7. A. Zabalza & C. Pissarides & M. Barton, 1980. "Social security and the choice between full-time work, part-time work and retirement," NBER Chapters, in: Econometric Studies in Public Finance, pages 245-276 National Bureau of Economic Research, Inc.
  8. Richard Layard & Stephen Nickell, 1992. "Unemployment in the OECD Countries," CEP Discussion Papers dp0081, Centre for Economic Performance, LSE.
  9. Shapiro, Carl & Stiglitz, Joseph E, 1984. "Equilibrium Unemployment as a Worker Discipline Device," American Economic Review, American Economic Association, vol. 74(3), pages 433-44, June.
  10. Killingsworth, Mark R. & Heckman, James J., 1987. "Female labor supply: A survey," Handbook of Labor Economics, in: O. Ashenfelter & R. Layard (ed.), Handbook of Labor Economics, edition 1, volume 1, chapter 2, pages 103-204 Elsevier.
  11. Bovenberg, A.L. & van der Ploeg, F., 1994. "Consequences of environmental tax reform for involuntary unemployment and welfare," Discussion Paper 1994-8, Tilburg University, Center for Economic Research.
  12. Dale T. Mortensen & Christopher A. Pissarides, 1993. "Job Creation and Job Destruction in the Theory of Unemployment," CEP Discussion Papers dp0110, Centre for Economic Performance, LSE.
  13. Layard, Richard, 1982. "Is Incomes Policy the Answer to Unemployment?," Economica, London School of Economics and Political Science, vol. 49(195), pages 219-39, August.
  14. Pencavel, John, 1987. "Labor supply of men: A survey," Handbook of Labor Economics, in: O. Ashenfelter & R. Layard (ed.), Handbook of Labor Economics, edition 1, volume 1, chapter 1, pages 3-102 Elsevier.
  15. Oswald, Andrew J, 1982. "The Microeconomic Theory of the Trade Union," Economic Journal, Royal Economic Society, vol. 92(367), pages 576-95, September.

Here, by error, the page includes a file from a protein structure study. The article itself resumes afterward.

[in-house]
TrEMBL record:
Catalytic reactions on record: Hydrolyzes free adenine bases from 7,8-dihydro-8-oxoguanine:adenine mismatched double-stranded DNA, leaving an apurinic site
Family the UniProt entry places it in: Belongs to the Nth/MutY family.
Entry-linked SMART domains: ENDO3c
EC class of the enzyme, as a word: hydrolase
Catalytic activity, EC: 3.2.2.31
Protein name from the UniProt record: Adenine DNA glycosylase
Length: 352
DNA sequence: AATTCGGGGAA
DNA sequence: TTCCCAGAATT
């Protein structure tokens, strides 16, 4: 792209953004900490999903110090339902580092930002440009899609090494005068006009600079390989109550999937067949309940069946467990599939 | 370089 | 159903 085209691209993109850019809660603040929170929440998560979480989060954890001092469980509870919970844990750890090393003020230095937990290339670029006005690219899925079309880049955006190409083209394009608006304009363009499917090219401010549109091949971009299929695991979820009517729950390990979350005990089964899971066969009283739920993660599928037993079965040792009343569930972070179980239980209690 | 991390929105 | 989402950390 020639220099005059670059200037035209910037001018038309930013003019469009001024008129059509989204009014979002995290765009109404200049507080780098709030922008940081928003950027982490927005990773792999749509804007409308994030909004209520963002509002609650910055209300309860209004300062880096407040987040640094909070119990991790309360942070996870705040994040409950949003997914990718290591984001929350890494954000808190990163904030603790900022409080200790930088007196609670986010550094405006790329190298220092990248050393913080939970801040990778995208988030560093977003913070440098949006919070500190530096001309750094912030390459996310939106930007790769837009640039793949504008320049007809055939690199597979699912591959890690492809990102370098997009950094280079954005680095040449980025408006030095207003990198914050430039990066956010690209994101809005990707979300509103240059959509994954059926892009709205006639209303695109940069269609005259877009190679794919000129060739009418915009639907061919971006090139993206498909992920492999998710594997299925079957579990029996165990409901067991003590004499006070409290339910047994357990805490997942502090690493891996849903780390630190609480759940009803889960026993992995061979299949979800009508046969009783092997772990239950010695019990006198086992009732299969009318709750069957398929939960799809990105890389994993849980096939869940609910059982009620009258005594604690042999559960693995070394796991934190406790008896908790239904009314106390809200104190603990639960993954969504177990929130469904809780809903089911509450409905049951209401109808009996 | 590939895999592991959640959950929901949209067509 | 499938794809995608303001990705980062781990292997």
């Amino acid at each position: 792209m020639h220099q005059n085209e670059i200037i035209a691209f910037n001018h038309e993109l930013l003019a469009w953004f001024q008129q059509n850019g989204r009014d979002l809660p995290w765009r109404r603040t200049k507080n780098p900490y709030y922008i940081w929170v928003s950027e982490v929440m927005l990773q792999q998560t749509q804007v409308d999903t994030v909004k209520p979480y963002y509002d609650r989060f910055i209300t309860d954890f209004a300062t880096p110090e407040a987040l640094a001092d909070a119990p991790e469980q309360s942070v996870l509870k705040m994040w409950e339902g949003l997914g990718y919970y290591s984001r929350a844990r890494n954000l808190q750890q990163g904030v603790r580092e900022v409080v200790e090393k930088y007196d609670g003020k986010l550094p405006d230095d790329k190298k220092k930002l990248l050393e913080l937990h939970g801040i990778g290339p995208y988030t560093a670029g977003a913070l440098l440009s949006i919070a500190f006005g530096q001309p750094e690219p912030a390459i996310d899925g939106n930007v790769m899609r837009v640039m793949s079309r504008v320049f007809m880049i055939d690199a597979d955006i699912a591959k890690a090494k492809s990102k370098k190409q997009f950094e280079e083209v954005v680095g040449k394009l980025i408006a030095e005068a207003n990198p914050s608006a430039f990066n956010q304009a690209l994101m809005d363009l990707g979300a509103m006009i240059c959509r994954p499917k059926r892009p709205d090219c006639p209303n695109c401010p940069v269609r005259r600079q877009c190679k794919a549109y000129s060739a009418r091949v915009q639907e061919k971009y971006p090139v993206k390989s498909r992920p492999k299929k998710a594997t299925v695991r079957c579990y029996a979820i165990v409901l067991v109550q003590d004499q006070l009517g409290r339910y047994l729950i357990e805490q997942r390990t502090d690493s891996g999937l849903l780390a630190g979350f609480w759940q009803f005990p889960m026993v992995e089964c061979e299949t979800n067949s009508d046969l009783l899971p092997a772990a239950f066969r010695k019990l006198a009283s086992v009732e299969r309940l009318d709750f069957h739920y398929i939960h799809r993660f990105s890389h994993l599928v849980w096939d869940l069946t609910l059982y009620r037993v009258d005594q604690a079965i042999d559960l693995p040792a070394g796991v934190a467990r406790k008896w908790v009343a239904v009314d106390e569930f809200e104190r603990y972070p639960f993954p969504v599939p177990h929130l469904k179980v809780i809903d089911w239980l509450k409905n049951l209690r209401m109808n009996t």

Full references (including those not matched with items on IDEAS)

This item is not listed on Wikipedia, on a reading list or among the top items on IDEAS.

When requesting a correction, please mention this item's handle: RePEc:eee:eecrev:v:42:y:1998:i:1:p:155-183. See general information about how to correct material in RePEc.

For technical questions regarding this item, or to correct its authors, title, abstract, bibliographic or download information, contact: (Zhang, Lei)

If you have authored this item and are not yet registered with RePEc, we encourage you to do it here. This allows to link your profile to this item. It also allows you to accept potential citations to this item that we are uncertain about.

If references are entirely missing, you can add them using this form.

If the full references list an item that is present in RePEc, but the system did not link to it, you can help with this form.

If you know of missing items citing this one, you can help us creating those links by adding the relevant references in the same way as above, for each refering item. If you are a registered author of this item, you may also want to check the "citations" tab in your profile, as there may be some citations waiting for confirmation.

Please note that corrections may take a couple of weeks to filter through the various RePEc services.

This information is provided to you by IDEAS at the Research Division of the Federal Reserve Bank of St. Louis using RePEc data.